When asked if he or his colleagues had experiences during this COVID-19 situation that is impacting patient care in a negative way, he pointed to preventative maintenance (PM) schedules and other concerns.
“We all experience human and material resources challenges in this crisis and are working with the accreditation organizations to seek some flexibility from CMS on the 100% PM requirement. We need to focus our limited resources on the ICU and respiratory support equipment for the sake of the COVID-19 patients,” Wang wrote.
International Association of Medical Equipment Remarketers and Servicers (IAMERS) President and Executive Director Diana Upton said it is vital that technicians be able to service equipment.
“The health care ecosystem is experiencing extraordinary stresses and needs,” Upton said. “Demands are changing dynamically. It’s vital to the whole health care ecosystem, and with respect to the imaging industry, that device servicers have access to service keys and technical information needed to safely maintain the equipment. No doubt this cooperation will help for accurate diagnosis and contribute to saving lives.”
Steven Kelley, regional director of biomedical engineering for Piedmont Healthcare in Atlanta, said he is experiencing issues in regards to a shortage of equipment, including ventilators (vents).
“Yes, we are dealing with trying to get more vents. The issue we run into is the vents that are available are not our standard and how to get quick training on them,” Kelley explains. “Another issue is some vendors have said they are stopping PMs and any non-critical service events. We have contacted DNV and they say the PM is critical and the equipment is considered unsafe when it is past the recommended PM schedule time. They did say if we cannot get a vendor in then we should make sure to document everything. I have contacted the vendors and asked for a statement on their letterhead of how long a device can go without a PM and still be considered safe. I have told them that we will take that info and change all our PM schedules going forward,” Kelley writes in an email “Because if it is safe now it will be safe always. So far they have backed down and are providing any help we need.”
The Right to Repair issue is also causing concerns as some OEMs have restricted travel for employees, including service personnel. Also, many health care facilities are not allowing non-hospital employees within facilities.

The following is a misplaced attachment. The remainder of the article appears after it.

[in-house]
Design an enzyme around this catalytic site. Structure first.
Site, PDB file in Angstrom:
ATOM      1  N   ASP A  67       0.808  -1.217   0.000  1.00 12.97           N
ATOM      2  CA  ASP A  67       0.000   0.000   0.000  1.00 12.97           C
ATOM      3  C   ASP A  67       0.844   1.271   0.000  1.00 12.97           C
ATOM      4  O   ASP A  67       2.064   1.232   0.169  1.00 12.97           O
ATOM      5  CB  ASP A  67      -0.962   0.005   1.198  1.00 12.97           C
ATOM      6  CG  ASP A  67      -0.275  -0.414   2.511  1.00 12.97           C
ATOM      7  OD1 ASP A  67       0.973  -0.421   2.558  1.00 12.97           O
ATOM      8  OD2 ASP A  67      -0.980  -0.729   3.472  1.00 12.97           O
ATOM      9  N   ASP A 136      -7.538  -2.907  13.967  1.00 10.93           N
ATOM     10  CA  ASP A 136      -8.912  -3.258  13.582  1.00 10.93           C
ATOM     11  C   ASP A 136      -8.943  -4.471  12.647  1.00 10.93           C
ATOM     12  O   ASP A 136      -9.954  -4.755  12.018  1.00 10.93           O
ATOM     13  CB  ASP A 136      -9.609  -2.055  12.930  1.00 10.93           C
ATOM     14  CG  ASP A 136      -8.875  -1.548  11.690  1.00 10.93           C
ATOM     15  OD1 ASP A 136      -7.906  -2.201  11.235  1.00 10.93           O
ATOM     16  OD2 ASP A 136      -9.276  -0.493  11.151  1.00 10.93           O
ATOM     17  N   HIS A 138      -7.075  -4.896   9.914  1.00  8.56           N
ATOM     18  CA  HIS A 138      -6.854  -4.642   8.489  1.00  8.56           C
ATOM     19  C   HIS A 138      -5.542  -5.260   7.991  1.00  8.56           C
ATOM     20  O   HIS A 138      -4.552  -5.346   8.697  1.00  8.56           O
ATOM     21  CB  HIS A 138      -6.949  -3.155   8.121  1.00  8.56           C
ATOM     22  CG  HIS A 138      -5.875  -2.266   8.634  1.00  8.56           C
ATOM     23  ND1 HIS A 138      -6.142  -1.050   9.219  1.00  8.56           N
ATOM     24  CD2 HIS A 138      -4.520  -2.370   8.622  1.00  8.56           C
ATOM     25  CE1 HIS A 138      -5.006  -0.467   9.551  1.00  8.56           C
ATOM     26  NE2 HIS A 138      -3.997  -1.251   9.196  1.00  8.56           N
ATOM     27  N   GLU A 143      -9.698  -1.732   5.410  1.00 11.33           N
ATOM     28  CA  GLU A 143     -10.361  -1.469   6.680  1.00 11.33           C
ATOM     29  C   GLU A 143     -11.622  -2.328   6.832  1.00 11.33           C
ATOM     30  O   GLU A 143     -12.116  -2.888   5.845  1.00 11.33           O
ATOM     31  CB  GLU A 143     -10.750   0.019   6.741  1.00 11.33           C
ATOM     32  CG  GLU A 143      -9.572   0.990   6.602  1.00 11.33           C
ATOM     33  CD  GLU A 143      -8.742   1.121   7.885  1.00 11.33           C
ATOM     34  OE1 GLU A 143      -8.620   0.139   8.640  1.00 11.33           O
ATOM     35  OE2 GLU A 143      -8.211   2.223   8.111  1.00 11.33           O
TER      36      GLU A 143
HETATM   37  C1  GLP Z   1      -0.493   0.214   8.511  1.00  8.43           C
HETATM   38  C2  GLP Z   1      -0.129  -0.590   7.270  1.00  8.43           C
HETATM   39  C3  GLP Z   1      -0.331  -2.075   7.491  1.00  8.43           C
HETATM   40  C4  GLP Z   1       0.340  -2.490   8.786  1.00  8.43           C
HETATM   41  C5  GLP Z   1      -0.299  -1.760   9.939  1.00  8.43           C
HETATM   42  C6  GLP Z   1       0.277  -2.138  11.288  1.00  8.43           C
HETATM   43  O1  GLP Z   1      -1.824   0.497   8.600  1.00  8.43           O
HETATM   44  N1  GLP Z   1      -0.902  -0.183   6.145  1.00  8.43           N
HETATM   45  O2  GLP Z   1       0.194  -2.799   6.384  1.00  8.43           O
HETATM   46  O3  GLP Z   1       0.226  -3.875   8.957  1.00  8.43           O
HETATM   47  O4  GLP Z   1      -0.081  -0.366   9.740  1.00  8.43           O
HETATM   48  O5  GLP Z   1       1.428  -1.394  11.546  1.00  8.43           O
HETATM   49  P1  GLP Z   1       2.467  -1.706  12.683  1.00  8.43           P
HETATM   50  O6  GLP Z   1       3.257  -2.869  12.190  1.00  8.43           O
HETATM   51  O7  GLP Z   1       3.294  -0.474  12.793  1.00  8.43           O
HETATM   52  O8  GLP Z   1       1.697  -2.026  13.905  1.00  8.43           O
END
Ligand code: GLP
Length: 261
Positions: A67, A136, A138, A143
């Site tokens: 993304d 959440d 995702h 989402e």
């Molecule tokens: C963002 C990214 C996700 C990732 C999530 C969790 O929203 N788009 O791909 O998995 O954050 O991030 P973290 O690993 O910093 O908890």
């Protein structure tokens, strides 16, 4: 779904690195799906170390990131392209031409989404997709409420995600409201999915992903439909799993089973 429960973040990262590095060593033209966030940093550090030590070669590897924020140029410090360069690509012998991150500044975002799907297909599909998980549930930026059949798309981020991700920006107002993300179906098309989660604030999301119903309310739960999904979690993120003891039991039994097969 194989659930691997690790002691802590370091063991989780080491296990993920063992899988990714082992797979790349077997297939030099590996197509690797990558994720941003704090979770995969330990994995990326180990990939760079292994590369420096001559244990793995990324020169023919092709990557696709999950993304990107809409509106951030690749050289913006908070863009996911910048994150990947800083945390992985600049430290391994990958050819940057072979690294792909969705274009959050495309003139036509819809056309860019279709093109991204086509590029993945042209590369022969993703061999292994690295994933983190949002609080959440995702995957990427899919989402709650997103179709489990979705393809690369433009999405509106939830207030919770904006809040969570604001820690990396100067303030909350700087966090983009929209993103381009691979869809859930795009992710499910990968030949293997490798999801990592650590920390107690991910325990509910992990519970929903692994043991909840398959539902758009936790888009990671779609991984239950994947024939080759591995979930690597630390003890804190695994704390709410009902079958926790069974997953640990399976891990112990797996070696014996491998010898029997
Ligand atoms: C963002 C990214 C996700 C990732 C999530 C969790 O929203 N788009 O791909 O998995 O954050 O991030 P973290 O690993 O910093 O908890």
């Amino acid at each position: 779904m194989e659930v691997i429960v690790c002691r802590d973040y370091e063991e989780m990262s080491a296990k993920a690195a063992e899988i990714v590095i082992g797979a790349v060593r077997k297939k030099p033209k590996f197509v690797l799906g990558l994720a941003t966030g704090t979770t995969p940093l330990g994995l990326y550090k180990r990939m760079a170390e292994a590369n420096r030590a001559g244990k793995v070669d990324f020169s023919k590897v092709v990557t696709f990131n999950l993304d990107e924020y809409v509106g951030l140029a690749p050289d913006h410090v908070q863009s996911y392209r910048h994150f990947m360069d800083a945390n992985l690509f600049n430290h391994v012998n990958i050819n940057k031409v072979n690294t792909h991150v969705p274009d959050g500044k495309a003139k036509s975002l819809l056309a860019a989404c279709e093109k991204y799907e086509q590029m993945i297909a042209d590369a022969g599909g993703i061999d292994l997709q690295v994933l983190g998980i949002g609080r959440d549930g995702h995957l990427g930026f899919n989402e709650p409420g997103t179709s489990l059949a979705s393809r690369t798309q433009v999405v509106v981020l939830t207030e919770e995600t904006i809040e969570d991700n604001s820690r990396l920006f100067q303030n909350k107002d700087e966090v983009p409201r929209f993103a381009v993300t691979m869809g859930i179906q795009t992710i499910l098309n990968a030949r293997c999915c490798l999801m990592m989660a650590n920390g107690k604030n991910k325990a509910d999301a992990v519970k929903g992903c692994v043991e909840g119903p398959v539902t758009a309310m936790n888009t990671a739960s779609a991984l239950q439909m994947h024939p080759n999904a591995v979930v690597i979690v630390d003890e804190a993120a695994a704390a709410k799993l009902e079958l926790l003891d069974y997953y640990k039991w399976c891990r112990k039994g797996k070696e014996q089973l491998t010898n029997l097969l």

Perry Kirwan, vice president technology management at Banner Health, shared his thoughts.
“It is interesting to me to see that OEMs are not in complete alignment with regulatory agencies. Some OEMs are not considering scheduled/preventative maintenance as a critical activity however the regulatory agencies (for now) are slow to relax those requirements,” Kirwan said.
“In the end – a lot of this is going to point to the value of in-house, third-party and OEM all working together in a coordinated way to make this work,” he added.
David Francoeur, senior vice president marketing and sales at Tech Knowledge Associates LLC, is familiar with this issue. He has attended several meetings, FDA workshops and AAMI events regarding the servicing and remanufacturing on medical devices.
“In response to your questions, as well as in general, there are a few dynamics going on right now in light of the pandemic regarding servicing/maintaining of medical devices, in particular, ventilators, in health care facilities,” Francoeur explained. “This all stems from the COVID-19 pandemic. In many situations, health care facilities are not allowing service representatives into their facilities to perform maintenance, or for any reason. In many cases the in-house HTM professional doesn’t always have the manufacturer’s support in terms of documentation, technical support and/or parts to name a few. Within each health care facility, there are typically hospital employees or independent service organizations performing the necessary management of medical devices for the individual facilities which are allowed and required to be on site to support the maintenance of all medical devices.”